All Californians deserves a safe and affordable home

Celebrating victories from LA to the Bay

California’s housing affordability crisis has become one of the most pressing issues facing the state.  Many no- and low- income residents – the state’s most vulnerable individuals and families – are homeless or living in substandard, unsafe housing. And middle income working families – folks with traditionally good paying jobs and benefits – are feeling the pressure, too, spending more and more of their paychecks on rent, dramatically increasing their commute distance between work and home, and struggling to make ends meet month-to-month.

UFCW has joined forces with other union and community partners in addressing a crisis that is reaching catastrophe level in California.  We are working in coalition with labor, housing and homeless advocates, community organizations, faith groups, businesses, public health, and environmental organizations from LA to the Bay Area. In 2016 we celebrated several big victories and we’ll continue fighting for even more wins in 2017.

Passing Measure H was a big step toward making LA a more humane, compassionate and accepting community. On March 7, UFCW Locals 770 and 1442 helped win the support of LA’s voters for Measure H, the “Los Angeles County Plan to Prevent and Combat Homelessness.” In effect, the measure is designed to end homelessness for 45,000 people and prevent homelessness for another 30,000 individuals and families across LA County. And for some of LA’s most vulnerable populations – including women and children, veterans, seniors, foster youth and survivors of domestic violence – Measure H goes beyond just housing, it also provides the health/mental health treatment, job training and counseling these underserved populations need.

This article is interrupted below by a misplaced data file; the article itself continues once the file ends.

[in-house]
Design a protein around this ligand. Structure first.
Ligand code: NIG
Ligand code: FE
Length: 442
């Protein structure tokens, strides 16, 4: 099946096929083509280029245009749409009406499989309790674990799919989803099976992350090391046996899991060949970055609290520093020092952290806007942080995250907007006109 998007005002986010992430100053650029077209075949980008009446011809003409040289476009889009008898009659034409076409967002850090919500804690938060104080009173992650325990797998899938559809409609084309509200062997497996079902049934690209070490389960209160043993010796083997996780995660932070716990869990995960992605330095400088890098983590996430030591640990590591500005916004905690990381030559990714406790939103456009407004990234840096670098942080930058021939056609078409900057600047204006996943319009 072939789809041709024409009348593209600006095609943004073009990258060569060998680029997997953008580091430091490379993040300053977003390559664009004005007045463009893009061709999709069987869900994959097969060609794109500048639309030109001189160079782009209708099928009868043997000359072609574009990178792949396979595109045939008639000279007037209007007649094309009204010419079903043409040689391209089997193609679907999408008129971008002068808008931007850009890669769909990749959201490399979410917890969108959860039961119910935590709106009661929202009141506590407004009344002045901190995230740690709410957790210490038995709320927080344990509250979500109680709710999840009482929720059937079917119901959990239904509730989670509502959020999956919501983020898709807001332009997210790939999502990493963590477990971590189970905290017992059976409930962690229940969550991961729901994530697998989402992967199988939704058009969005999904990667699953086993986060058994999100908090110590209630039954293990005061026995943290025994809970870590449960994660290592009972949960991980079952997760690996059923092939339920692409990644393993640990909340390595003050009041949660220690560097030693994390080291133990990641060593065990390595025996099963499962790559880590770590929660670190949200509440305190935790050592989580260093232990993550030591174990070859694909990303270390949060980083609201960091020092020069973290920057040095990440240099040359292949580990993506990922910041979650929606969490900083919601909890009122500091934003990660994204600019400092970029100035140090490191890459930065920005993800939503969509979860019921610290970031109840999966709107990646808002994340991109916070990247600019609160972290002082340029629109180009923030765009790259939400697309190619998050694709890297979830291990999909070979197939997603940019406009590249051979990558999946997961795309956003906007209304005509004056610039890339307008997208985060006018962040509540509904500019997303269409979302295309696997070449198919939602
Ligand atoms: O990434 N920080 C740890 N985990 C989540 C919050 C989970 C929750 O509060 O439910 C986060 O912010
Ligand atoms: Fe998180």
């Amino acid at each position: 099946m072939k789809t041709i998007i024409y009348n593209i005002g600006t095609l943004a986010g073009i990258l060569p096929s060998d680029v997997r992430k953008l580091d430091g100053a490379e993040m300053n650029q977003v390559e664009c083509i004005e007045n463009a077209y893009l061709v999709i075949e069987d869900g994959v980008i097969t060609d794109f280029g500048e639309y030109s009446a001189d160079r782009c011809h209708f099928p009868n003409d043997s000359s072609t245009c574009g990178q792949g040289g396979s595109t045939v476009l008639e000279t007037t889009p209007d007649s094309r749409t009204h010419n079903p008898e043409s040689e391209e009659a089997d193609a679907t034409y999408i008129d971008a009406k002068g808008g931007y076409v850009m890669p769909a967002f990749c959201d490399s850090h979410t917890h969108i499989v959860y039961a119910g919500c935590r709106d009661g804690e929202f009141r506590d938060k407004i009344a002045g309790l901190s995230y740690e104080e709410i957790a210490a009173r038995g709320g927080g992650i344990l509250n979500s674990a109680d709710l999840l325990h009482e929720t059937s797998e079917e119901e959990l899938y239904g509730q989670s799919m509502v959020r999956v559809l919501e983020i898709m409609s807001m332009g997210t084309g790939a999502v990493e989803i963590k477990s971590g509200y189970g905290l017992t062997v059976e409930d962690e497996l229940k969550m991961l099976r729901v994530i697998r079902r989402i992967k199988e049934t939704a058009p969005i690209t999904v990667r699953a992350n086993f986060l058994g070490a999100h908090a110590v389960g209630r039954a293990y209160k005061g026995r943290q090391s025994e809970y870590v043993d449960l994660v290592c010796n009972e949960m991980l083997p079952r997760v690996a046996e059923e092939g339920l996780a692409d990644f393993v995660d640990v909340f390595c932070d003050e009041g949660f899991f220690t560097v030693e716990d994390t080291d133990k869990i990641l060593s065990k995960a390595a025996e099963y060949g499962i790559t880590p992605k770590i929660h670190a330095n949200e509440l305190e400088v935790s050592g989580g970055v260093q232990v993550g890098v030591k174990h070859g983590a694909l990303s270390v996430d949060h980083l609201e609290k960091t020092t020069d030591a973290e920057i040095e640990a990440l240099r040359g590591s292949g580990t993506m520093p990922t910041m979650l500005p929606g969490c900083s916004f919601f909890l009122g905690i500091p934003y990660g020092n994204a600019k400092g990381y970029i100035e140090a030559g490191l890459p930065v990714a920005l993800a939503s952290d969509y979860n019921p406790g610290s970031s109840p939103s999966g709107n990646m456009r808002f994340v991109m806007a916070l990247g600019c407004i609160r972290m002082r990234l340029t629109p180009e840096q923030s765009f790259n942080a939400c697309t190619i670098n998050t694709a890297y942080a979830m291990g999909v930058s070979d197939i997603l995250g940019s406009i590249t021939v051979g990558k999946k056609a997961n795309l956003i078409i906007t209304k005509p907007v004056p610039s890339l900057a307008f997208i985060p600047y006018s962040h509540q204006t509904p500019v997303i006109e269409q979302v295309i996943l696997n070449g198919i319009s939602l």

But we didn’t stop with Measure H. UFCW Local 770 joined the coalition efforts of unions and housing advocates committed to getting Measure JJJ, the “Build Better LA” Initiative, on the November 8 ballot. Together we gathered 100,000 signatures (while only 62,000 were required) for the ballot measure that would require real estate developers to build a minimum of 25% affordable housing when seeking zone changes or plan amendments while creating good jobs for local workers, including those overcoming challenging life circumstances, that meet training and wage requirements, creating a career pipeline for people who need it most. Build Better LA addresses LA’s housing shortage and the lack of jobs available to local residents that pay enough to keep up with the skyrocketing rents. Angelenos enthusiastically cast their votes again for the opportunity to build a kinder and more compassionate community response to the growing housing crisis. Build Better LA overwhelmingly passed with nearly 64% of the vote.

And after receiving two-thirds of the vote on November’s ballot, Measure A, one of the most ambitious affordable housing initiatives proposed in Santa Clara County, demonstrated what’s possible when labor, businesses, faith groups and other community organizations come together to address one of our most pressing issues. Measure A, supported by UFCW Local 5, will help fund the development of safe and affordable housing for the county’s most vulnerable populations including the homeless, veterans, disabled, seniors, foster youth, and others.

What’s next

With wins in the primary and general elections, UFCW is more committed than ever to working with our brothers and sisters to help continue the push for affordable housing across the state.  The lack of affordable housing for working families has become the number one public policy issue in San Diego.  UFCW Local 135 is working with a variety of community and union partners, along with elected officials, to develop solutions to this crisis, and we will take a leadership role in any serious effort to make housing more affordable for our members and the community.

And at UFCW we’re expanding the fight for affordable housing to include not just residential but also vital community organizations.  We call it Placemaking and Local 64 has taken the first step in partnering with MEDA – the Mission Economic Development Agency – to help rehome the iconic Dance Mission Theater in San Francisco’s Mission District. Dance Mission, currently based at 24th and Mission, has been producing political art and supporting San Francisco’s vibrant and diverse dance community for more 40 years. After several steep rent increases, the organization can’t bear the next anticipated increase of $3,000. UFCW Local 648 is renovating a property it owns at 16th and Mission, Mission Dance will occupy two stories with theater and studio space.